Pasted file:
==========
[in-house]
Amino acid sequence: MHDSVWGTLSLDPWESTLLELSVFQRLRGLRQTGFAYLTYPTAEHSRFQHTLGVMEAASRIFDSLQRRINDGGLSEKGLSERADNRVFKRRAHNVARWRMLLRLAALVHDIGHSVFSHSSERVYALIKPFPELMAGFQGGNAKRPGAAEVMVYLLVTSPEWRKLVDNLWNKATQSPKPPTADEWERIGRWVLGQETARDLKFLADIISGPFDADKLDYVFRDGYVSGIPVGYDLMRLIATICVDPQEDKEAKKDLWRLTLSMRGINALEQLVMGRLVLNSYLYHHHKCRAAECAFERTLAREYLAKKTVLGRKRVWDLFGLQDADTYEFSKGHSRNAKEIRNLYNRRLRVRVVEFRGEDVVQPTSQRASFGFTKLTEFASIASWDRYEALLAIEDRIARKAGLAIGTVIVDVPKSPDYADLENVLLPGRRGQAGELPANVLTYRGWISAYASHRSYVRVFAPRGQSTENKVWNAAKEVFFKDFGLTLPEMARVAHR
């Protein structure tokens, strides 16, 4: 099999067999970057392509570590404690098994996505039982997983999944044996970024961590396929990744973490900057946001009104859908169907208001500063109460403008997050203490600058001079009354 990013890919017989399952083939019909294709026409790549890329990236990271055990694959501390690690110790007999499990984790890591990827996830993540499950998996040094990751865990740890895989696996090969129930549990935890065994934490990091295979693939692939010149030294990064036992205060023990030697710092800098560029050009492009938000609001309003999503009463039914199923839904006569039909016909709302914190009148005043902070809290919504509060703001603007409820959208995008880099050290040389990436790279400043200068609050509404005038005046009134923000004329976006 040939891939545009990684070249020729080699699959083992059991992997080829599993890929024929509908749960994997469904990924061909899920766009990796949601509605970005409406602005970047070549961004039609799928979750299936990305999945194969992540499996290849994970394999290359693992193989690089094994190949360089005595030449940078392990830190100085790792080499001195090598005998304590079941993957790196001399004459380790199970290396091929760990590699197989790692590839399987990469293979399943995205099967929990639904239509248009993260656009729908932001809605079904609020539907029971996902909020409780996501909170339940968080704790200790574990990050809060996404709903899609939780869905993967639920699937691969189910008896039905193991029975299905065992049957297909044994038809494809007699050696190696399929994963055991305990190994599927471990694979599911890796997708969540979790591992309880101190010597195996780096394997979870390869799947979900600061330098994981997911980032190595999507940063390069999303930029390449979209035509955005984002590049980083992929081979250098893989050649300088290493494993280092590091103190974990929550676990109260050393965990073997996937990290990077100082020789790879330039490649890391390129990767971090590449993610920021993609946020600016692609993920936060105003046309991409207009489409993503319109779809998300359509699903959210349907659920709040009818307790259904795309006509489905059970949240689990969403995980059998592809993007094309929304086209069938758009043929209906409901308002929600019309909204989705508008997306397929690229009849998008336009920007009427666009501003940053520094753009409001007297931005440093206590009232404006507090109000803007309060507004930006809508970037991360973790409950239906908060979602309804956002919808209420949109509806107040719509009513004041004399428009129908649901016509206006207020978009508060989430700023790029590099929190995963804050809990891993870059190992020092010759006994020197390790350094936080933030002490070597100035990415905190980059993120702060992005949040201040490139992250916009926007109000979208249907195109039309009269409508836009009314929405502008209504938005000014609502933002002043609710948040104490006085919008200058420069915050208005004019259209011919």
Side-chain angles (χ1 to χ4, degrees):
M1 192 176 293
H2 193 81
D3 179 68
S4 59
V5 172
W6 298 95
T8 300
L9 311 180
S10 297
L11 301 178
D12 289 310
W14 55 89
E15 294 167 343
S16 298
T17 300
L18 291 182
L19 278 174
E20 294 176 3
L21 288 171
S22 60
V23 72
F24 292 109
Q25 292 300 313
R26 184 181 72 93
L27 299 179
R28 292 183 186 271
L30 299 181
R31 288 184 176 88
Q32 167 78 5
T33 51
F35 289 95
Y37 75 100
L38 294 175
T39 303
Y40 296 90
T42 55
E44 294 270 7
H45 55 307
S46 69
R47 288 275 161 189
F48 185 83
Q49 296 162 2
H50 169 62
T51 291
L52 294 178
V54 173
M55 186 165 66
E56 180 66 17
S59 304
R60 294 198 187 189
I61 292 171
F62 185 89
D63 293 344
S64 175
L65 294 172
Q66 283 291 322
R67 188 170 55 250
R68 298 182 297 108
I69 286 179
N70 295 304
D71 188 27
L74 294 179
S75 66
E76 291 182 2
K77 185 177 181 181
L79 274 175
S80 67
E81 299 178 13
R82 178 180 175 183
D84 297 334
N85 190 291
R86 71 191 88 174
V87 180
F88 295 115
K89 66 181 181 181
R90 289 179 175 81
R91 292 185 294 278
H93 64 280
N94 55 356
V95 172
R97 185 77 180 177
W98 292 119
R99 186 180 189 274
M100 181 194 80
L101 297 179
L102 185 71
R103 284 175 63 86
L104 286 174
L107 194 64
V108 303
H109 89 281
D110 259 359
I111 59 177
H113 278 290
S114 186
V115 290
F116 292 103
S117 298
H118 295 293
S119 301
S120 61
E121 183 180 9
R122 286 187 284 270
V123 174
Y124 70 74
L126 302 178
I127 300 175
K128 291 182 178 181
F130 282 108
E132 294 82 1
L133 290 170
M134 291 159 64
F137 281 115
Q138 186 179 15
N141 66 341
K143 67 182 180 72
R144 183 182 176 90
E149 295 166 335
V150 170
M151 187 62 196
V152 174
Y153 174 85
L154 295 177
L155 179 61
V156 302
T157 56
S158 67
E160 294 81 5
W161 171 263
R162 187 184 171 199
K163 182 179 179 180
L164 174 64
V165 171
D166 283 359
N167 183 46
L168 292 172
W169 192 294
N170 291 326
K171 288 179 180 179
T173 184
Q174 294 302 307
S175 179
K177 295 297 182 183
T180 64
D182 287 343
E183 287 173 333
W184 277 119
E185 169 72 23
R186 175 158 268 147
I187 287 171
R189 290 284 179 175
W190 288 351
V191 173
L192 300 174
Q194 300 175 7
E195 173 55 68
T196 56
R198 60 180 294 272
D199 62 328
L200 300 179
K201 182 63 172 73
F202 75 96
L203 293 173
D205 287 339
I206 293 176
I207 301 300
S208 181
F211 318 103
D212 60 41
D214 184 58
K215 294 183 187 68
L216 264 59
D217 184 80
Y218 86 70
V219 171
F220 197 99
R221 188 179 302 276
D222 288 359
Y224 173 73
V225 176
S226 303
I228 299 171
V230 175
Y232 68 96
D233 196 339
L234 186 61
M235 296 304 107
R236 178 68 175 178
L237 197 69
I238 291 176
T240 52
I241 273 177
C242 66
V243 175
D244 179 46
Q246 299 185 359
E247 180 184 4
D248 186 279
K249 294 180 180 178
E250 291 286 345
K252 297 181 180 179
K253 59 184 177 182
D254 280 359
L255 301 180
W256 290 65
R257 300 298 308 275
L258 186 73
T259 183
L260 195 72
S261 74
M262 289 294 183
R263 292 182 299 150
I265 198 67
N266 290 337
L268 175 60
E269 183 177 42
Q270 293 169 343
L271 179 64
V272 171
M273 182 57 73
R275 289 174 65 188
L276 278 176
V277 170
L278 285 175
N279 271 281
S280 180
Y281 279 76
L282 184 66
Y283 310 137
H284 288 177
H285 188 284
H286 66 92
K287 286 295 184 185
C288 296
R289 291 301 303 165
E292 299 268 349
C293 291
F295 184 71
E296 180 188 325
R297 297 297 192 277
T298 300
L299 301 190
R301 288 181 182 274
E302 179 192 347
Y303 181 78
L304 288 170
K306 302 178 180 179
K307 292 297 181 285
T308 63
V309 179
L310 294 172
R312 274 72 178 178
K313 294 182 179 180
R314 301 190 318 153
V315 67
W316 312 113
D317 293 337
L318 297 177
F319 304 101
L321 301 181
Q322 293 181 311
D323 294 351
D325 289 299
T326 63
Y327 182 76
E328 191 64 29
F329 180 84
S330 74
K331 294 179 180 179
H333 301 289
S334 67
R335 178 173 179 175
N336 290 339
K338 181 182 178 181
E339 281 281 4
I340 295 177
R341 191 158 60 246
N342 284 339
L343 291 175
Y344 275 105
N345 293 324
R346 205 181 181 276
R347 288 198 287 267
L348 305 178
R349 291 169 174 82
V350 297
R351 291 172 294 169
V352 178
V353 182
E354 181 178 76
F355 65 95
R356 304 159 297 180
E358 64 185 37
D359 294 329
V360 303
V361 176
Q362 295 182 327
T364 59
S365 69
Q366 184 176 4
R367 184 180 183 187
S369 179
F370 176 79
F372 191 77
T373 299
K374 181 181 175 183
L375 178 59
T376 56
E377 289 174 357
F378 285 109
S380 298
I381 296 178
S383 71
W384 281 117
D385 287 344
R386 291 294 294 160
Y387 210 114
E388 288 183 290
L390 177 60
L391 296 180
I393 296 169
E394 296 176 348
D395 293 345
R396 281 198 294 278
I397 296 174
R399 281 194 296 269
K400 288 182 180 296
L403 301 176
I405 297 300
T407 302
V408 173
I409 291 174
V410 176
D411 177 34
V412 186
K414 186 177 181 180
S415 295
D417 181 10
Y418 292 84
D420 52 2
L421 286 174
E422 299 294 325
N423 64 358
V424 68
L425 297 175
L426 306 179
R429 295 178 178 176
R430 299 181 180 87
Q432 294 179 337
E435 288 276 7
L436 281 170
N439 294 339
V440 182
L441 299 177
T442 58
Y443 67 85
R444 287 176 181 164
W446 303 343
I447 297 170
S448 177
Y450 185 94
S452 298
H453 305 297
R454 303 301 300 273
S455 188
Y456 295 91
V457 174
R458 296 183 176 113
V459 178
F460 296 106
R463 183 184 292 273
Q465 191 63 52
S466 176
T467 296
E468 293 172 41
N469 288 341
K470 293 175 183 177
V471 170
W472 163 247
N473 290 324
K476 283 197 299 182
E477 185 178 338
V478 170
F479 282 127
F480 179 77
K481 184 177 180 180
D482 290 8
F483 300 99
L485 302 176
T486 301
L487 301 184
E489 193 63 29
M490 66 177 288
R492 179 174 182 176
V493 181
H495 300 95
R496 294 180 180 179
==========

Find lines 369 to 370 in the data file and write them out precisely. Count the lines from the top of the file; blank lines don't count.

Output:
S455 188
Y456 295 91